I’ve been on a big burger kick lately. Big. That’s because the bar down the street from me that just opened has the best burger in all of New York City. Not even exaggerating a bit. I got it twice last week and am going tonight.
I don’t really care what they do to make it so damn tasty, just that it is.
But in Washingtonian Magazine today, I learned of a burger trick that scares the bejesus out of me. Folding mayonnaise into the raw ground beef.
Now, I’m no mayo prude. I enjoy it on sandwiches and fries and love chicken salad. But that’s cold mayonnaise. This after cooked will be hot. Hot mayonnaise. Grrrr.
It works though.
Secret ingredient #2: Duke’s mayonnaise. The rationale: “With mayo, you’re adding moisture and adding fat. Fat that won’t melt away under heat. Mayo also stays in its fat form as it cooks.” The rationale for Duke’s: Duke’s has more egg in it than Hellman’s, making it richer and lusher. Can’t find Duke’s? Whip an egg into Hellman’s. Either way, you want to incorporate two tablespoons per pound of meat. The Burger Guru said that over the years he’s tried many different fats, from tiny cubes of mozzarella to diced gruyere to ground beef fat. “I have to make my burger stand out from 50 competitors. I have to make that first bite be—aha! I have to make people say—Oh my god! Mayo’s the best I’ve come up with. It transmits the natural flavor of the product. It doesn’t get in the way of the taste of the beef, which happens with cheeses.” Another bonus of mayo: it leaves a sheen on the meat when it’s done cooking. That sheen coats the roof of the mouth, which is a fat receptor. “That’s why Ben & Jerry’s tastes better, that high fat content. Fat helps transmit flavor. And it’s a pleasurable mouth-feel.”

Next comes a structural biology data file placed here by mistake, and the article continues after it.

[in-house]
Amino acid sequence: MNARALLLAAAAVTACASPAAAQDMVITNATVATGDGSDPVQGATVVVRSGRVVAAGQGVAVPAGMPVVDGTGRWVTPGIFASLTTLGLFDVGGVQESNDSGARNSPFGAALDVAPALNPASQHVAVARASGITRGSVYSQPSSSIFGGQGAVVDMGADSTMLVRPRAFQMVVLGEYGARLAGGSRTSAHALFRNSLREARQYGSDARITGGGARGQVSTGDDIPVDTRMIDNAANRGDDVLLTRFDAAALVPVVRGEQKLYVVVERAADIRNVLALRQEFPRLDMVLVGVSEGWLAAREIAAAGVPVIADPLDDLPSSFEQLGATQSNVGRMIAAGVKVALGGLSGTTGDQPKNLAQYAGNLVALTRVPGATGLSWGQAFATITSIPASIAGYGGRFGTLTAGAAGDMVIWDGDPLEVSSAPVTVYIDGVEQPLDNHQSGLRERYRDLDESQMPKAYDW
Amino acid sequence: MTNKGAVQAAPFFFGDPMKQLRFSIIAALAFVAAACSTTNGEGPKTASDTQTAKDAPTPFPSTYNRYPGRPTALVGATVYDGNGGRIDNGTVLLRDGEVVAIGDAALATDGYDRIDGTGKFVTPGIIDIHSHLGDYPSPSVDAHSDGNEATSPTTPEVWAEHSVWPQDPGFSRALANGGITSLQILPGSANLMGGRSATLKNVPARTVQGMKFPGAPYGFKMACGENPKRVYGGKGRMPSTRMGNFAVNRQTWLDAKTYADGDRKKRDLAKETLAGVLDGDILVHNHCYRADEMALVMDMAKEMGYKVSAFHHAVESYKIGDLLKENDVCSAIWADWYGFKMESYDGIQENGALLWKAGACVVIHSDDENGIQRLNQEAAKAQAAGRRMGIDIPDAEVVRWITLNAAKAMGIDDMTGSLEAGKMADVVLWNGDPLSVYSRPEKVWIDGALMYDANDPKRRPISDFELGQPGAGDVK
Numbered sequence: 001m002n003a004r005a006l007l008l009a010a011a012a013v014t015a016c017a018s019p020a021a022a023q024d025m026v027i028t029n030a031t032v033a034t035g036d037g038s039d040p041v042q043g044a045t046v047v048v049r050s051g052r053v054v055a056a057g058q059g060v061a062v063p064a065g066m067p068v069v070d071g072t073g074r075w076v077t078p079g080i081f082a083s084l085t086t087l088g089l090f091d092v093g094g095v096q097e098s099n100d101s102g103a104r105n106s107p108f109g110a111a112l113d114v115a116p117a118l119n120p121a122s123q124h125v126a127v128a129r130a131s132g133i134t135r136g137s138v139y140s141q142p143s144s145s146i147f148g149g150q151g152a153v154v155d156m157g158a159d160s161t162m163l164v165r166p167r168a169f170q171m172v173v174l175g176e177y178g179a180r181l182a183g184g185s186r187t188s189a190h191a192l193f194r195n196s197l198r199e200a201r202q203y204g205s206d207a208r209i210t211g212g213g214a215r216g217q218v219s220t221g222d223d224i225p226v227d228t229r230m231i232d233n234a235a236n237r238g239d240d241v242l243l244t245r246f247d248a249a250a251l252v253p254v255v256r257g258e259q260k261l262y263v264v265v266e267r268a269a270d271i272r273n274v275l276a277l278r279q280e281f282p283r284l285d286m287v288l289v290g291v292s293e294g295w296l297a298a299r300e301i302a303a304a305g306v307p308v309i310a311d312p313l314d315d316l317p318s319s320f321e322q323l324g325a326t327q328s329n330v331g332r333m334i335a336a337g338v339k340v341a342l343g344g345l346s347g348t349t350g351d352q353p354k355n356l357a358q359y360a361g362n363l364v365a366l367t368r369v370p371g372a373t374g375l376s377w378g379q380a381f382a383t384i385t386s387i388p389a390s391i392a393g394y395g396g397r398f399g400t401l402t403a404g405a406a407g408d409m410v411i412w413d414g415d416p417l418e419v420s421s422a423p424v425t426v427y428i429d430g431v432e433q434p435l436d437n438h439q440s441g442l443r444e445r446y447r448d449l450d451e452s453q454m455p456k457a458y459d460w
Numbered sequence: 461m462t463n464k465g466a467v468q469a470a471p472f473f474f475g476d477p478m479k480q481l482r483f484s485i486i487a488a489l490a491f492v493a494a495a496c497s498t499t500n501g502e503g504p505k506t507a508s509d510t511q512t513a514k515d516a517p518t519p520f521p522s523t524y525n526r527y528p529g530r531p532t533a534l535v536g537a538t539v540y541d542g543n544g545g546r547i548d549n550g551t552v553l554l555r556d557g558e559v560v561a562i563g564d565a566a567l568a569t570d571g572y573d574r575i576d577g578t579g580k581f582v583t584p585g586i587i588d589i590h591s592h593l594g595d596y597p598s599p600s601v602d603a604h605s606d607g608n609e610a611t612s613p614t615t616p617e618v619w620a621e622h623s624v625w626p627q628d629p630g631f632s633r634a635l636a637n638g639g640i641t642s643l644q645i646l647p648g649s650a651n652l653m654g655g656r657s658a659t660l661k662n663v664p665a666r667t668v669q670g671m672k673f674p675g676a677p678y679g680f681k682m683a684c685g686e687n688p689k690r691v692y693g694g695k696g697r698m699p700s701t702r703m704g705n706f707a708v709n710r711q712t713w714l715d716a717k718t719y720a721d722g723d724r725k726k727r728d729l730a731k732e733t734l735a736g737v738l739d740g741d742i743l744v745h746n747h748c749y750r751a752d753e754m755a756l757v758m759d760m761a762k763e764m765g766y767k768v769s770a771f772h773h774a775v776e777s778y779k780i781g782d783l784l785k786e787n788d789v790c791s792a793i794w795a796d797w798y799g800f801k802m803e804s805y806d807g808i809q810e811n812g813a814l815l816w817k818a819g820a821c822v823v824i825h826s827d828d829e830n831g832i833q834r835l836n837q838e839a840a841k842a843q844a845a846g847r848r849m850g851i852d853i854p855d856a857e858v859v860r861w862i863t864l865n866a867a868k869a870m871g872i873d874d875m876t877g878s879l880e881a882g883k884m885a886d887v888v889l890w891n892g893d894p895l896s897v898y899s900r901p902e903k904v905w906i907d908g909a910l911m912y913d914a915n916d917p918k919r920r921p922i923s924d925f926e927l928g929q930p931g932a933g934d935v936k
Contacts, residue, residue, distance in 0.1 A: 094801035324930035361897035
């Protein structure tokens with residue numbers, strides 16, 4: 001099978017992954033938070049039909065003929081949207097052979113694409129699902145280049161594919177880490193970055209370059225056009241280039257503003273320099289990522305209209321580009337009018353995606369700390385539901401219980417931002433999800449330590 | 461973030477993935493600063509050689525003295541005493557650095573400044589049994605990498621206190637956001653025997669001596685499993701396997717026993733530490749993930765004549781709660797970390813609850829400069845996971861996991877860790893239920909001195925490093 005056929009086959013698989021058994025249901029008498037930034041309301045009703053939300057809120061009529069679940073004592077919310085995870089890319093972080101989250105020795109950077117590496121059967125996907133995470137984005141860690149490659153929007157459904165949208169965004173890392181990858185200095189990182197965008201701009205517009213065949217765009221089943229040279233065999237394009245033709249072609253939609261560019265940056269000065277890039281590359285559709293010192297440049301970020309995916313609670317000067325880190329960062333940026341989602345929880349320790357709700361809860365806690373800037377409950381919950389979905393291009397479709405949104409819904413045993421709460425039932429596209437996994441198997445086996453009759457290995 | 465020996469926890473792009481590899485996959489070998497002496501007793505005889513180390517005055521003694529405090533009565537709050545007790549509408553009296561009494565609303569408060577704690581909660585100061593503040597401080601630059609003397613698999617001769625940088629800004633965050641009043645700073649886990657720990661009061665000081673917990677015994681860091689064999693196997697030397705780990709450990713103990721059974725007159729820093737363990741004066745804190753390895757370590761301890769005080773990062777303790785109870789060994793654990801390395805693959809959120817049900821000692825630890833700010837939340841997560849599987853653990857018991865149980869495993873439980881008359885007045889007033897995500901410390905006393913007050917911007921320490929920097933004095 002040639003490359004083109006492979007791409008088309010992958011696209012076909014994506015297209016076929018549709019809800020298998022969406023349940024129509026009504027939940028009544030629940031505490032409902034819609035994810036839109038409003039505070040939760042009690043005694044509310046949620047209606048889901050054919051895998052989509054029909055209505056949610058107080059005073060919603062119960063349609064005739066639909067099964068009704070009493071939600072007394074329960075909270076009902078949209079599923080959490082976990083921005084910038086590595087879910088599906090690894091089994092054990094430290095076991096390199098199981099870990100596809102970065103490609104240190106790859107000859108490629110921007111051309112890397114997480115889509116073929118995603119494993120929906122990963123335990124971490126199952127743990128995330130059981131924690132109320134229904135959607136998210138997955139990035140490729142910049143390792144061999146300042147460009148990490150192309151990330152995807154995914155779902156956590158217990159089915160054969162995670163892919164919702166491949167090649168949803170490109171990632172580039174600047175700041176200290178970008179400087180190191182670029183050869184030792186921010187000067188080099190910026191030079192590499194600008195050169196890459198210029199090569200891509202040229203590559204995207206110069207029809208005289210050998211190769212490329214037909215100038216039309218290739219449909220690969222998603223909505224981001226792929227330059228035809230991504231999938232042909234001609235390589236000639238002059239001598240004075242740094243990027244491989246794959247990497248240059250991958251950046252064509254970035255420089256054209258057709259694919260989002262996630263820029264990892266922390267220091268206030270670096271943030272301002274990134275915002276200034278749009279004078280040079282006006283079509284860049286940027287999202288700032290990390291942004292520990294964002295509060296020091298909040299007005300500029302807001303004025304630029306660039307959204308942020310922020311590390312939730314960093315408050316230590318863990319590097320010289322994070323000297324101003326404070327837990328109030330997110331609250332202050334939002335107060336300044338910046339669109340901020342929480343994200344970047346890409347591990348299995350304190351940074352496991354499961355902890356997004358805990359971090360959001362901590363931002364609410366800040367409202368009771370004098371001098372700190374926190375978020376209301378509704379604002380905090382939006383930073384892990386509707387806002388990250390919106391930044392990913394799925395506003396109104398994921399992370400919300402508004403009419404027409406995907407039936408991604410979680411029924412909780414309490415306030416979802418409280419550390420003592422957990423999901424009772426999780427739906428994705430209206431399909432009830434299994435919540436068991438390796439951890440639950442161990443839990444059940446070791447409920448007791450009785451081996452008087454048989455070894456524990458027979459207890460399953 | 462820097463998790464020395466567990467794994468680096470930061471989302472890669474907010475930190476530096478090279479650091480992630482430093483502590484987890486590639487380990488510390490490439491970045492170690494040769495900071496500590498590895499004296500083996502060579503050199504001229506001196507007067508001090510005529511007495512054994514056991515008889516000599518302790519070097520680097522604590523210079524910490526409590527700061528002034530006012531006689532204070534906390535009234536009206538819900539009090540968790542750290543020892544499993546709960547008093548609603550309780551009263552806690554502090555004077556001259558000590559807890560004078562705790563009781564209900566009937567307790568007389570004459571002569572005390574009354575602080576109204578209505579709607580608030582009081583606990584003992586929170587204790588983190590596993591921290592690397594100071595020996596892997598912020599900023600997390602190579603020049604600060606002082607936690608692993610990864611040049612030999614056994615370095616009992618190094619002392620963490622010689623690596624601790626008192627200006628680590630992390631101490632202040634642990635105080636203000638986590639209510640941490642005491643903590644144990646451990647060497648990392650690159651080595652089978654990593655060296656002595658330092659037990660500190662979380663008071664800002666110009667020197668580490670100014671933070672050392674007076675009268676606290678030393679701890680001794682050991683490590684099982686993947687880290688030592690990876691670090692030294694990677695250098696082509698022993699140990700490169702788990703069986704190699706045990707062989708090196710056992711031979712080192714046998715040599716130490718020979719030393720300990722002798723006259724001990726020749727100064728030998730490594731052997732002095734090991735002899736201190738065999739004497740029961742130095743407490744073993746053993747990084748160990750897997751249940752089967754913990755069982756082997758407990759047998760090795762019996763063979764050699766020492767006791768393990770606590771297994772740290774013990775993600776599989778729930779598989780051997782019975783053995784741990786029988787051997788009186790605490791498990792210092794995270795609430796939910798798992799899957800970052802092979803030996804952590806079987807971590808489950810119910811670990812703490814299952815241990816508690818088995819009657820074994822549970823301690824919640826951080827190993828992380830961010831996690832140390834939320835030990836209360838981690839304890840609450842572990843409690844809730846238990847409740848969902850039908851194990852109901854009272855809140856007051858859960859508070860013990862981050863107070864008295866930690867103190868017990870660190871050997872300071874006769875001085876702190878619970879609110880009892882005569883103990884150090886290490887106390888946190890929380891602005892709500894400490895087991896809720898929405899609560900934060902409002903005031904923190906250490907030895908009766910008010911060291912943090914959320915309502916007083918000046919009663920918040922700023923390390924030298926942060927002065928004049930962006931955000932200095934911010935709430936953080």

Check out the 14 other tips to making the perfect burger here.
Promise the rest won’t make you go insane.